Winter is just around the corner. Municipalities, cities, DOTs, and others are gearing up for the winter by preparing their snowplow crews and equipment. We can all learn valuable lessons from these agencies by preparing our vehicles and ourselves for the upcoming season.
Snowplows serve to make the community and roads passable during the worst winter weather. Snowplows are fitted with heavy, wide plows on the front of the truck to clear as much snow and ice from the road as possible – this means sometimes they may cross the center line, shoulder of the road or make other moves in their effort to provide a driving surface the general public can navigate. If you encounter a plow, slow down and give them the space they need to perform their task. Your best chance to arrive at your destination safely is to stay behind the plow as the worst of the conditions are in front of the plow. It’s important that everyone, from individual drivers to plow operators, stay safe on the road to get home safely so here are some tips.
Prepare your vehicle
It is good practice to maintain your vehicle year round, however it is especially important to winterize your vehicle to avoid the dangers of frigid winter weather.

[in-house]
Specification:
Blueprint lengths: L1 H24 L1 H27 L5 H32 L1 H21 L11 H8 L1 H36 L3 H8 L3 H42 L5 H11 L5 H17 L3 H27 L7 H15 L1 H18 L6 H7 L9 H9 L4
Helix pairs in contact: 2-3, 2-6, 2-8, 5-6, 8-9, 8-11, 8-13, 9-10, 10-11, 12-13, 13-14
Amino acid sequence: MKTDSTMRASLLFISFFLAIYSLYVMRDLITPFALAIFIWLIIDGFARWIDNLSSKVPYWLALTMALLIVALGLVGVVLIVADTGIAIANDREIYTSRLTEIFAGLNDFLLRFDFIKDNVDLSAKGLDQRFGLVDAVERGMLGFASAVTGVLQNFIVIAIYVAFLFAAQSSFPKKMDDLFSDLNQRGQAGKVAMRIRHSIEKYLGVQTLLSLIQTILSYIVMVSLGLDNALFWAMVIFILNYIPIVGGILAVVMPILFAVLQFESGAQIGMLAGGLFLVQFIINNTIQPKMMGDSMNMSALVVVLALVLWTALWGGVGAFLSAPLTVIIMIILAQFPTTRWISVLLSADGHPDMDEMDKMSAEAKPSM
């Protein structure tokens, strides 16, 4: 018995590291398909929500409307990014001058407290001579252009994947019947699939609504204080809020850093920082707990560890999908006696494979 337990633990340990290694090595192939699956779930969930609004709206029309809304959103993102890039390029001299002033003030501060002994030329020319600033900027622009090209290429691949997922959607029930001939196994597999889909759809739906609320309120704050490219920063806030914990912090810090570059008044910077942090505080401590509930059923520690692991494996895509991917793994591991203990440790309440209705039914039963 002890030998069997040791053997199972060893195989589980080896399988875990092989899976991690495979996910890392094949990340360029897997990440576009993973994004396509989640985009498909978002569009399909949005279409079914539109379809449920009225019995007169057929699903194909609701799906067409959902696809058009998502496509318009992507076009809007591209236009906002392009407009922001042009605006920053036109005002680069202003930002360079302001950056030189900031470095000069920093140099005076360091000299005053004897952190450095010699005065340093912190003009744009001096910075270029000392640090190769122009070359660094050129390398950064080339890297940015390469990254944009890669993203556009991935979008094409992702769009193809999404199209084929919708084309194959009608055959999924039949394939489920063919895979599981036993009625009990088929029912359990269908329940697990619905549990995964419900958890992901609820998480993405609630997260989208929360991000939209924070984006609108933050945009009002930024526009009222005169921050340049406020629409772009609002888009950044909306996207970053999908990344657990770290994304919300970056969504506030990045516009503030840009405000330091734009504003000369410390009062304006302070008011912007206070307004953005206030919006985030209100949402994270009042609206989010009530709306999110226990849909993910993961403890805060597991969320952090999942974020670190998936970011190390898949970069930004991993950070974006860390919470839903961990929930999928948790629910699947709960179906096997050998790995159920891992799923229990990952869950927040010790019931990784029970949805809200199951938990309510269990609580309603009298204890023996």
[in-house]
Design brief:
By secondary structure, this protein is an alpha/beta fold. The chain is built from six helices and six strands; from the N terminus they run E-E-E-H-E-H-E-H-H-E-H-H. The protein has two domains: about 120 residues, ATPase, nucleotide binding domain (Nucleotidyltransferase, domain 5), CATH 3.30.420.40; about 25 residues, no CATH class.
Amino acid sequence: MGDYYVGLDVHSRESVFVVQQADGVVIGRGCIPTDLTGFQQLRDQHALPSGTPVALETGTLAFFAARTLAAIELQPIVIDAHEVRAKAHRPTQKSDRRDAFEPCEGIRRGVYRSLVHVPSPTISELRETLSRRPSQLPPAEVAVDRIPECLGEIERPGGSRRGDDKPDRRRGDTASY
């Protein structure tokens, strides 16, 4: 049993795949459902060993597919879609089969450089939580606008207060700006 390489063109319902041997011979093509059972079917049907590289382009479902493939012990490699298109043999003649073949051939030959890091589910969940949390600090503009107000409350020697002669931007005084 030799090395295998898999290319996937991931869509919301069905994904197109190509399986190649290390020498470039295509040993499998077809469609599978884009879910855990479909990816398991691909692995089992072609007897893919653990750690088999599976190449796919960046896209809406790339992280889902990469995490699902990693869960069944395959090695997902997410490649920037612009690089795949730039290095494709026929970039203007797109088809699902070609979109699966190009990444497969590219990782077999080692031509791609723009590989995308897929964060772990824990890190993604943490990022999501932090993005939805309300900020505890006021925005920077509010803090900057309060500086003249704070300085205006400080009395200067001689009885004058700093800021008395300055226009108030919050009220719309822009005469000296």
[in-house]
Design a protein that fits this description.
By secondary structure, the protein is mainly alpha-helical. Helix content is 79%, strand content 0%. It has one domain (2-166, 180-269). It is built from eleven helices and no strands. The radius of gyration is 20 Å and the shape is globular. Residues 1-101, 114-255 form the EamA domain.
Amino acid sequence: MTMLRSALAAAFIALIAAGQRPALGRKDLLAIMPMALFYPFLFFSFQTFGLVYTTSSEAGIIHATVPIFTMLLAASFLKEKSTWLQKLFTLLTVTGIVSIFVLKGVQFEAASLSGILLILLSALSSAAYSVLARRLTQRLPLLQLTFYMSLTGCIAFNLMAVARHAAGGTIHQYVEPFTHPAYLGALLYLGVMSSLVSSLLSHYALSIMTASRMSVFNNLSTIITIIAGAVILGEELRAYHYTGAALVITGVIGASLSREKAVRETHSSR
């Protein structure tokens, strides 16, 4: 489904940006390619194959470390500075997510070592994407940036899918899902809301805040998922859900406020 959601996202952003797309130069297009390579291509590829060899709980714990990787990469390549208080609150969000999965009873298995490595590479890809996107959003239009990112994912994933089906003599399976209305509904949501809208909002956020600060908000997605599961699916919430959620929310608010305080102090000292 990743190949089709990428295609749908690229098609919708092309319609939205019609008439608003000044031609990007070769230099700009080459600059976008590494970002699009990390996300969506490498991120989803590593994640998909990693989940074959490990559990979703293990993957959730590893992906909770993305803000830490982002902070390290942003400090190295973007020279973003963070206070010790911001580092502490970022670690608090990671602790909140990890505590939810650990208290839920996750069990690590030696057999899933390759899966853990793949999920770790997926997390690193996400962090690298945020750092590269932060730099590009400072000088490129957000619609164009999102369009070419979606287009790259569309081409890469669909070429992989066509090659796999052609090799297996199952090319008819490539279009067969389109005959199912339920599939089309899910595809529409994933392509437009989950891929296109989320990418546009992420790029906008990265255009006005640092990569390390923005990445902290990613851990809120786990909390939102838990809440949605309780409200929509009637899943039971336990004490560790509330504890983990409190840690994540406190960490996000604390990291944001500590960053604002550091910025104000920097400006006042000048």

Check the following before snow begins to fall:
- Wiper blades and windshield washer fluid
- Ignition system
- Electrical system
- Heater and defrost system
Additionally, it’s recommended to carry blankets, booster cable, a flashlight and extra batteries, snow scraper and shovel.
- Give snowplows room to do their job. It’s best practice to not tailgate or try to pass a snowplow while it’s in working.
- As a general rule, stay at least 200 feet behind a snowplow.
- Plows pushing snow can create a cloud which can blind drivers who are following too closely.
- These are large, heavy vehicles and the drivers are intent on their task at hand, don’t be another distraction to the plow driver. They cannot stop in a short distance.
- There may be spreaders on trucks to distribute salt or sand on the road, these can cause damage to cars if driving too close, stay back to protect your car and you.
- Always turn on your headlights, and have plenty of fuel and wiper fluid (carrying an extra gallon is a good idea) and have appropriate tires for winter driving conditions.
- Don’t over estimate your braking capabilities, many 4 X 4 vehicles are heavier than normal, thus the braking distance is greater. Your traction is determined by weight and tire tread. Sand or cat litter in your trunk will add weight and can be used if you do need help with traction.
- Leave extra space between you and the vehicles in front and behind you.
- Bridge decks freeze first so take extra caution when driving on these.
- Remember to always buckle up!
- Ignore the phone and email until you get to your destination. There are other people on the road that deserve your attention.
- Most importantly, SLOW DOWN!